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The Construction Industry and Building Schools for the Future Tuesday 16 June 2009.

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Presentation on theme: "The Construction Industry and Building Schools for the Future Tuesday 16 June 2009."— Presentation transcript:

1 The Construction Industry and Building Schools for the Future Tuesday 16 June 2009

2 The Construction Industry and BSF: The challenges and opportunities in working together 16 June 2009 Graham Watts Chief Executive Construction Industry Council

3 Education and Employment Unemployment rate 5.6% in Q2 2008 - up from 5.5% in Q2 2007. 12.5% for those with no qualifications. 2.5% for those with qualifications equivalent to level 4 or above. International Labour Office unemployment rates by highest qualification held, England, Quarter 2 2008 (Source DFCS)

4 Education and Wage Levels Those with the highest levels of qualifications tend to secure the highest paying jobs. Q2 2008, average gross weekly earnings: –£695 qualified to level 4 or above –£350 for those with no qualifications People with degree or higher level qualifications earn, on average, almost twice as much as those with no qualifications

5 Pupils in mainstream schools 25% fall in the number of maintained nursery and primary school pupils: 1974 -1985 35% fall in the number of births: 1964 -1977 26% fall in the number of secondary school pupils: 1979-1991

6 Education Spending Birth rates and pupil numbers are falling BUT most spending on education in 50 years –BSF covers 3,500 secondary schools in England –Affects 3.3 million pupils in England –Capital spend of £9.3 billion over the next three years Unprecedented opportunity to contribute to: –a lasting legacy, –investment in UK plc.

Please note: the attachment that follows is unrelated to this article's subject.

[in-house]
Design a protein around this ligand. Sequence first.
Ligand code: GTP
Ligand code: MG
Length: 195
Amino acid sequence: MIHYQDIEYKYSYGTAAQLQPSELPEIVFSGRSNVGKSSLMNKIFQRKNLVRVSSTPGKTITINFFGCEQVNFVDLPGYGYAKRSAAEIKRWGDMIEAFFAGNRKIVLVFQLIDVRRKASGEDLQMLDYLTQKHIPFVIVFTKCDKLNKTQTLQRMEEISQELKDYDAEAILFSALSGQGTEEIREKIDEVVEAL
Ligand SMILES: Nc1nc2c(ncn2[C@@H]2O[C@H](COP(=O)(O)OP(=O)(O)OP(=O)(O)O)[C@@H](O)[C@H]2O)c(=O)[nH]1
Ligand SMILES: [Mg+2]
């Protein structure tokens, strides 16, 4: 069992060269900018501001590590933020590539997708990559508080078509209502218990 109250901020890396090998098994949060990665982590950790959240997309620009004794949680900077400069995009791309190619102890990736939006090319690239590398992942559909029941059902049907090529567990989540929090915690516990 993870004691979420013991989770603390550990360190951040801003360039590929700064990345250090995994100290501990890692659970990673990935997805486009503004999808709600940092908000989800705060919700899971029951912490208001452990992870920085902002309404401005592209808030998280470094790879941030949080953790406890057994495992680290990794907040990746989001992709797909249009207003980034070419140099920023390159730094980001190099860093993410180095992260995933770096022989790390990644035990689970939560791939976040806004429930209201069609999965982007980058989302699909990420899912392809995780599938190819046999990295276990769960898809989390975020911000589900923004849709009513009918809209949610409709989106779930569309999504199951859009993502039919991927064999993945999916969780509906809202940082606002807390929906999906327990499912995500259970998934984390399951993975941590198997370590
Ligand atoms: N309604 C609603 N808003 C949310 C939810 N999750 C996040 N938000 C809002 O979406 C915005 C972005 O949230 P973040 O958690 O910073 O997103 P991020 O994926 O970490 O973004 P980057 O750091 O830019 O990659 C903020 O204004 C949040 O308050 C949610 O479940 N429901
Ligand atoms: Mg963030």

7 Trends affecting school use and design Economic Trends: From a production based economy to a service (and knowledge) based economy. Social Trends: Children in western societies are increasingly denied access to outdoors. Reduction in contact with adults and other children. Loss of informal experience and learning. Schools become increasingly important for social interaction. Technological Trends: The traditional design of schools is being transformed into specialised teaching spaces.

8 Positive impact of good school building Educational challenges Meeting targets in relation to: –Literacy, –Numeracy, –ICT; Encouraging under-performing groups, particularly young boys; Encouraging those over 16 to remain at school; Combating low attainment levels in relation to GCSEs; Coping with pupil diversity and catering for specialisms.

9 Positive impact of good school building Design challenges Scale and proportion of the building Functional and efficient layout Build quality and durability Accessibility Energy use Acoustics Flexibility and adaptability Sustainability